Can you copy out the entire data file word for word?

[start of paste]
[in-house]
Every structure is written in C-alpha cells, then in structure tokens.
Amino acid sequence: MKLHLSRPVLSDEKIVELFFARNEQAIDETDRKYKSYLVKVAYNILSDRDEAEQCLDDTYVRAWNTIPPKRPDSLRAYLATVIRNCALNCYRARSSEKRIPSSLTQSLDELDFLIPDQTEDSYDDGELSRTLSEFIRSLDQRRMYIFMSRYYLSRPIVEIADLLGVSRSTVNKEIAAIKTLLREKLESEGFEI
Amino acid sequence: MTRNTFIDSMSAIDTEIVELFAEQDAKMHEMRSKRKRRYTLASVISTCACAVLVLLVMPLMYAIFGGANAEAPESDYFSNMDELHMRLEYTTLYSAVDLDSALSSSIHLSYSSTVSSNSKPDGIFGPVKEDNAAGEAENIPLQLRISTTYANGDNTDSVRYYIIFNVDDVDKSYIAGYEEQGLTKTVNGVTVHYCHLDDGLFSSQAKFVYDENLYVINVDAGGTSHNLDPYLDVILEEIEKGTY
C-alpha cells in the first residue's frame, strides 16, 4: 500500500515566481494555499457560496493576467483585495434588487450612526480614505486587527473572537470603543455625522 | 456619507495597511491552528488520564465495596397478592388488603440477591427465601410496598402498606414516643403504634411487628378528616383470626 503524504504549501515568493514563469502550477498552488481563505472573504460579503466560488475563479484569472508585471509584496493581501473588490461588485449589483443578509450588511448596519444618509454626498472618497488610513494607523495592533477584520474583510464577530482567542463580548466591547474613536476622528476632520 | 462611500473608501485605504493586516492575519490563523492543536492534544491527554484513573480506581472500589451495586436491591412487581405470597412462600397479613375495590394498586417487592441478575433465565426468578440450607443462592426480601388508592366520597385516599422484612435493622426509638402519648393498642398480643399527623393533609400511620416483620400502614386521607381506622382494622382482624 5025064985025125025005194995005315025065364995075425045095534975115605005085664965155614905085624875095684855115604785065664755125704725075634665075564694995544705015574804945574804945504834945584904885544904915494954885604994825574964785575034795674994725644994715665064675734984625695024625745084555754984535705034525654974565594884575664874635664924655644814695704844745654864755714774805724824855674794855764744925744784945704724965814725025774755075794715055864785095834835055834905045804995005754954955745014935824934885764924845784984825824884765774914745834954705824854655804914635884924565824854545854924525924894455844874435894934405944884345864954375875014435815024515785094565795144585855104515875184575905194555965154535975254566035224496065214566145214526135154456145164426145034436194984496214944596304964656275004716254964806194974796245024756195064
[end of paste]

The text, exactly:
[in-house]
Every structure is written in C-alpha cells, then in structure tokens.
Amino acid sequence: MKLHLSRPVLSDEKIVELFFARNEQAIDETDRKYKSYLVKVAYNILSDRDEAEQCLDDTYVRAWNTIPPKRPDSLRAYLATVIRNCALNCYRARSSEKRIPSSLTQSLDELDFLIPDQTEDSYDDGELSRTLSEFIRSLDQRRMYIFMSRYYLSRPIVEIADLLGVSRSTVNKEIAAIKTLLREKLESEGFEI
Amino acid sequence: MTRNTFIDSMSAIDTEIVELFAEQDAKMHEMRSKRKRRYTLASVISTCACAVLVLLVMPLMYAIFGGANAEAPESDYFSNMDELHMRLEYTTLYSAVDLDSALSSSIHLSYSSTVSSNSKPDGIFGPVKEDNAAGEAENIPLQLRISTTYANGDNTDSVRYYIIFNVDDVDKSYIAGYEEQGLTKTVNGVTVHYCHLDDGLFSSQAKFVYDENLYVINVDAGGTSHNLDPYLDVILEEIEKGTY
C-alpha cells in the first residue's frame, strides 16, 4: 500500500515566481494555499457560496493576467483585495434588487450612526480614505486587527473572537470603543455625522 | 456619507495597511491552528488520564465495596397478592388488603440477591427465601410496598402498606414516643403504634411487628378528616383470626 503524504504549501515568493514563469502550477498552488481563505472573504460579503466560488475563479484569472508585471509584496493581501473588490461588485449589483443578509450588511448596519444618509454626498472618497488610513494607523495592533477584520474583510464577530482567542463580548466591547474613536476622528476632520 | 462611500473608501485605504493586516492575519490563523492543536492534544491527554484513573480506581472500589451495586436491591412487581405470597412462600397479613375495590394498586417487592441478575433465565426468578440450607443462592426480601388508592366520597385516599422484612435493622426509638402519648393498642398480643399527623393533609400511620416483620400502614386521607381506622382494622382482624 5025064985025125025005194995005315025065364995075425045095534975115605005085664965155614905085624875095684855115604785065664755125704725075634665075564694995544705015574804945574804945504834945584904885544904915494954885604994825574964785575034795674994725644994715665064675734984625695024625745084555754984535705034525654974565594884575664874635664924655644814695704844745654864755714774805724824855674794855764744925744784945704724965814725025774755075794715055864785095834835055834905045804995005754954955745014935824934885764924845784984825824884765774914745834954705824854655804914635884924565824854545854924525924894455844874435894934405944884345864954375875014435815024515785094565795144585855104515875184575905194555965154535975254566035224496065214566145214526135154456145164426145034436194984496214944596304964656275004716254964806194974796245024756195064